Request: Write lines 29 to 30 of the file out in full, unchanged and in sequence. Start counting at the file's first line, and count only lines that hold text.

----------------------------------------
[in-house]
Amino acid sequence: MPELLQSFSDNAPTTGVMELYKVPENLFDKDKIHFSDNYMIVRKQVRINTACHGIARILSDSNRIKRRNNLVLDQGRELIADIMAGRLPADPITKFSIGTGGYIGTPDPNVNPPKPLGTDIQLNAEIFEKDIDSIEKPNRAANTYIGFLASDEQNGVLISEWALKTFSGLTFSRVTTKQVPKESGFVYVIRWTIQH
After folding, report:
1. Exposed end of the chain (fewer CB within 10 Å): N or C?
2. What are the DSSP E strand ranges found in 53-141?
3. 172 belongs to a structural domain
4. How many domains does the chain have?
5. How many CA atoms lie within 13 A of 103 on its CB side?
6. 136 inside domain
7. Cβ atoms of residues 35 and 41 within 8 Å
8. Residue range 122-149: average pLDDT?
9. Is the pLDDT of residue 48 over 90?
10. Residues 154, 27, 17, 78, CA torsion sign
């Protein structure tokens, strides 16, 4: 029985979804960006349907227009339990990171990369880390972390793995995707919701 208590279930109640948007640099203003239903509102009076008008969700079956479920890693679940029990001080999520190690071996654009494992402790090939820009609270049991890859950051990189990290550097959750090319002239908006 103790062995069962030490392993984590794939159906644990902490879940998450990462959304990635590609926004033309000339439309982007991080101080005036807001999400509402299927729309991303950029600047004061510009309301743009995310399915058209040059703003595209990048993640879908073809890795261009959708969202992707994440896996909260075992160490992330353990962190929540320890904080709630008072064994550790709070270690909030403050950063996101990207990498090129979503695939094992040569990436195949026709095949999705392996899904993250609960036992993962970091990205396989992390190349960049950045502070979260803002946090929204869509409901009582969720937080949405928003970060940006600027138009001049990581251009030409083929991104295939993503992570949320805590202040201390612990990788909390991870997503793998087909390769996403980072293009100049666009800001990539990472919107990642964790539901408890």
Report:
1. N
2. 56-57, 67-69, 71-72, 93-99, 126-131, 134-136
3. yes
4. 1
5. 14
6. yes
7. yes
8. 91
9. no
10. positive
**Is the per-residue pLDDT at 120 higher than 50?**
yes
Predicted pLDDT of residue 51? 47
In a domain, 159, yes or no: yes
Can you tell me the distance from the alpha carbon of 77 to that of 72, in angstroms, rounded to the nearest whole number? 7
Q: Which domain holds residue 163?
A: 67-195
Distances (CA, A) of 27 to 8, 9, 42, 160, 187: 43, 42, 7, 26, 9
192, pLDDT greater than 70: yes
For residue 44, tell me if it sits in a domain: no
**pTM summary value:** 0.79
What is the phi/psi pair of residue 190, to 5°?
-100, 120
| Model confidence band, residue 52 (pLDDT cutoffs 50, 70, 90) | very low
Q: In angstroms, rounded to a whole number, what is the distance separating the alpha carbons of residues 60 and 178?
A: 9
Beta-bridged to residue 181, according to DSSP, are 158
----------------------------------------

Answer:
In a domain, 159, yes or no: yes
Can you tell me the distance from the alpha carbon of 77 to that of 72, in angstroms, rounded to the nearest whole number? 7